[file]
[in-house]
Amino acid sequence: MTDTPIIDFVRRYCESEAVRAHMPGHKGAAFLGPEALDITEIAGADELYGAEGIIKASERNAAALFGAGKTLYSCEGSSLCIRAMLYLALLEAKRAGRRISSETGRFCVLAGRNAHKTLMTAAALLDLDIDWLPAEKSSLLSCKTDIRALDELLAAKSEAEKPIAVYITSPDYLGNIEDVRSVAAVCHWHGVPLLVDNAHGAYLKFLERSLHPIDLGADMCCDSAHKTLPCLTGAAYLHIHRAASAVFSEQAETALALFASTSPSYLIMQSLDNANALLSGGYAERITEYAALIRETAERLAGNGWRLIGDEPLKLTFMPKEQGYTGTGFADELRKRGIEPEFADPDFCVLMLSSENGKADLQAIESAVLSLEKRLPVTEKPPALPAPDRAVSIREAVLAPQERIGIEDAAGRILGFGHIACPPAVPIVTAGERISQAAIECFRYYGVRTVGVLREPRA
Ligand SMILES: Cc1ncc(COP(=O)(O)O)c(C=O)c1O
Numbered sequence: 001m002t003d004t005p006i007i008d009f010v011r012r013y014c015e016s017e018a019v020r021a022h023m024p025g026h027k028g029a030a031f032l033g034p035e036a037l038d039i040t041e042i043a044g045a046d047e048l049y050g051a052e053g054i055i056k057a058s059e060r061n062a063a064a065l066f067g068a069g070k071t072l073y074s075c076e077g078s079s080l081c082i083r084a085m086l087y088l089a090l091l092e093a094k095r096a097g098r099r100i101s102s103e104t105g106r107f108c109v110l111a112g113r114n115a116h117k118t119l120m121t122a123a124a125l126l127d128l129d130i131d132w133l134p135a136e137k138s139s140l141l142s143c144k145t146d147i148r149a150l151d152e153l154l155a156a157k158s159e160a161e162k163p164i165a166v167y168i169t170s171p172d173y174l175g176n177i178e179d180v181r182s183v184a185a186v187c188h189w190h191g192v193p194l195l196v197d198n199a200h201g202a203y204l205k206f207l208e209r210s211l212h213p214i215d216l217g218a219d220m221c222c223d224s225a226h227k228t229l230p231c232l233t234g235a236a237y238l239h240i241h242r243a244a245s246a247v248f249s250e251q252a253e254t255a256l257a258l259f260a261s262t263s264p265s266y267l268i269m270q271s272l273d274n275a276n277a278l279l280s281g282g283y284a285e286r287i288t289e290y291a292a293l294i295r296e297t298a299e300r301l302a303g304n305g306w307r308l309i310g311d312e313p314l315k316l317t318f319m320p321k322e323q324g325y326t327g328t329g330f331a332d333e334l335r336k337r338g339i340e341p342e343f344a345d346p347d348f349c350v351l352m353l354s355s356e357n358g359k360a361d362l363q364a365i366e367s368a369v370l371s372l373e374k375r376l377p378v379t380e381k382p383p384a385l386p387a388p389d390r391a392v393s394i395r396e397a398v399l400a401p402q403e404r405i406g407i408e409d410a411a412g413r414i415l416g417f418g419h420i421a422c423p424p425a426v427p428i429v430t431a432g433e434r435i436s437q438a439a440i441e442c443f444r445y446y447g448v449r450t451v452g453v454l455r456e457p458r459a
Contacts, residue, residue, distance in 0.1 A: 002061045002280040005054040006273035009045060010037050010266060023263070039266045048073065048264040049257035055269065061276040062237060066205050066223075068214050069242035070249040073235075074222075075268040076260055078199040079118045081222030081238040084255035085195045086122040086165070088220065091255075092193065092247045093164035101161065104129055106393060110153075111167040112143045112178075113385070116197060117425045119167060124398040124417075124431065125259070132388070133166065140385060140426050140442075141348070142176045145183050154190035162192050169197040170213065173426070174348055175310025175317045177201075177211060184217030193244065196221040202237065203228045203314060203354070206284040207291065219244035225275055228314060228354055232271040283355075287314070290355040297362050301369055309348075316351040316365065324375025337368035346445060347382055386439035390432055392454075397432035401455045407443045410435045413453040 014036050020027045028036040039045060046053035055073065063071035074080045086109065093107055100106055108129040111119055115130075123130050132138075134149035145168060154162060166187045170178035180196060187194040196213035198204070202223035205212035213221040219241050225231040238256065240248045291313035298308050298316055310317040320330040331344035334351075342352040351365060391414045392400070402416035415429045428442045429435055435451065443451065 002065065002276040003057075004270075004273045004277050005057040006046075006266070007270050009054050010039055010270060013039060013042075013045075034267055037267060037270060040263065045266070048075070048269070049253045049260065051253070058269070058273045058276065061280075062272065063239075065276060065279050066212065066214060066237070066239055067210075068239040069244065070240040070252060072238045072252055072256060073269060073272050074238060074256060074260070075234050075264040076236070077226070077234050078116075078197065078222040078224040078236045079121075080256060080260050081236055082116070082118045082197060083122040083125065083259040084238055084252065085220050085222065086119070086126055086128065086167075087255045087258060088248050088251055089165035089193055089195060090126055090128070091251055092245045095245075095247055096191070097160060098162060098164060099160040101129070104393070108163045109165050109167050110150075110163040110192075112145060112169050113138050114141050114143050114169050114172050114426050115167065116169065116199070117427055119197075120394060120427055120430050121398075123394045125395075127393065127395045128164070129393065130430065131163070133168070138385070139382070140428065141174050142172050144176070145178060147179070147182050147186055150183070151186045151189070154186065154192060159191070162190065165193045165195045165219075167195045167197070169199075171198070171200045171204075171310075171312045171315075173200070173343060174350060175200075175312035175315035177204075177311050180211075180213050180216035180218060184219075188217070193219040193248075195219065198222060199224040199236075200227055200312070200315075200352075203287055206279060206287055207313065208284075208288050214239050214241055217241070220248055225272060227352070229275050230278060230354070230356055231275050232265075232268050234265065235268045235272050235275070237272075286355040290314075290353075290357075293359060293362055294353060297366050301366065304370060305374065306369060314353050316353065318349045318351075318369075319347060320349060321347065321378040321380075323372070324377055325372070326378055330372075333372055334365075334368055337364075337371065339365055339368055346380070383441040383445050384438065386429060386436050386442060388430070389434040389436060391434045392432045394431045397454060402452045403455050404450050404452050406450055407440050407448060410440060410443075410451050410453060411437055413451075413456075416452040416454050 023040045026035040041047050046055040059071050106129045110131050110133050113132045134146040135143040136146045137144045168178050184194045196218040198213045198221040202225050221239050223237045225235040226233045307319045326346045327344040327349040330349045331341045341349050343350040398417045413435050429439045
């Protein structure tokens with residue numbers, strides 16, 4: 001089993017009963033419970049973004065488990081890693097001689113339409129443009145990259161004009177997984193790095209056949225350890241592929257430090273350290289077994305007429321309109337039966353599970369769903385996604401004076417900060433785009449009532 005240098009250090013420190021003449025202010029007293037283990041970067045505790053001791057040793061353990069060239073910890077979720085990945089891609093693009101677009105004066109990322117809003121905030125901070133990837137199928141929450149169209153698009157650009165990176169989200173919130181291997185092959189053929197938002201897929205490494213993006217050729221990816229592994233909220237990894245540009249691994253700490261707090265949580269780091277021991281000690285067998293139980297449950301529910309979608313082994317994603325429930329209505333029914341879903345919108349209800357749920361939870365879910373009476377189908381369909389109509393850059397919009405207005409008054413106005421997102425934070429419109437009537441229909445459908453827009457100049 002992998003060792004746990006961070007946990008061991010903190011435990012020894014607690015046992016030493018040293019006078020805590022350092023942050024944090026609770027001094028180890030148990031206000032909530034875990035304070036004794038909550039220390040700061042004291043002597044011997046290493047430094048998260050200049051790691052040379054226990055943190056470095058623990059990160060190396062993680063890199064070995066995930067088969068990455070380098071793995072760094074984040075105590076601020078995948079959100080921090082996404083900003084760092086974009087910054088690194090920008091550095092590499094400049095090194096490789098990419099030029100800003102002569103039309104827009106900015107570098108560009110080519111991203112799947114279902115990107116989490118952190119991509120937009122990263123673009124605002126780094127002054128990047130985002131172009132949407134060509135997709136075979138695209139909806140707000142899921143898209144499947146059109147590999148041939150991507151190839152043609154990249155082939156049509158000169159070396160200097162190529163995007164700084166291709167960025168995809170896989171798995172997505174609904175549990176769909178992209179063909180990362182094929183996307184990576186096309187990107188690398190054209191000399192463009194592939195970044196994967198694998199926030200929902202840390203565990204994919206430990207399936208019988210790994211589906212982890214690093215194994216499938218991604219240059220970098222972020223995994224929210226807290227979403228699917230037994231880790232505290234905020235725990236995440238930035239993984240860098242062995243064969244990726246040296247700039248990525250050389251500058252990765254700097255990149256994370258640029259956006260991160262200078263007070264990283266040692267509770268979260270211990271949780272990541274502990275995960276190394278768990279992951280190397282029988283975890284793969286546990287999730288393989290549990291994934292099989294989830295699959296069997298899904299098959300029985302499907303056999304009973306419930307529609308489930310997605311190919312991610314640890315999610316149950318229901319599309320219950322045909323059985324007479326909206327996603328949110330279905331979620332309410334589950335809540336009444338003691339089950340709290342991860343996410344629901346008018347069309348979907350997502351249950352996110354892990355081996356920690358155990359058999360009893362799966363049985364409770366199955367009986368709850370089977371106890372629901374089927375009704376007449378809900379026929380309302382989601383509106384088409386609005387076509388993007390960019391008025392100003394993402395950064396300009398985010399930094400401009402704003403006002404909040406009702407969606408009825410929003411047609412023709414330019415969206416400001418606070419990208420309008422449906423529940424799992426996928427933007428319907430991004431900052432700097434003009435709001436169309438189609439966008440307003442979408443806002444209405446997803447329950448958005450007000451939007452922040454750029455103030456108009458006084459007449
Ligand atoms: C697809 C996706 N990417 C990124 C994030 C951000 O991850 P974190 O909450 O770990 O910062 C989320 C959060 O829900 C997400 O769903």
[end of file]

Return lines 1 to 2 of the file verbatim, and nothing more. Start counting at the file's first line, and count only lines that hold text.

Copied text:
[in-house]
Amino acid sequence: MTDTPIIDFVRRYCESEAVRAHMPGHKGAAFLGPEALDITEIAGADELYGAEGIIKASERNAAALFGAGKTLYSCEGSSLCIRAMLYLALLEAKRAGRRISSETGRFCVLAGRNAHKTLMTAAALLDLDIDWLPAEKSSLLSCKTDIRALDELLAAKSEAEKPIAVYITSPDYLGNIEDVRSVAAVCHWHGVPLLVDNAHGAYLKFLERSLHPIDLGADMCCDSAHKTLPCLTGAAYLHIHRAASAVFSEQAETALALFASTSPSYLIMQSLDNANALLSGGYAERITEYAALIRETAERLAGNGWRLIGDEPLKLTFMPKEQGYTGTGFADELRKRGIEPEFADPDFCVLMLSSENGKADLQAIESAVLSLEKRLPVTEKPPALPAPDRAVSIREAVLAPQERIGIEDAAGRILGFGHIACPPAVPIVTAGERISQAAIECFRYYGVRTVGVLREPRA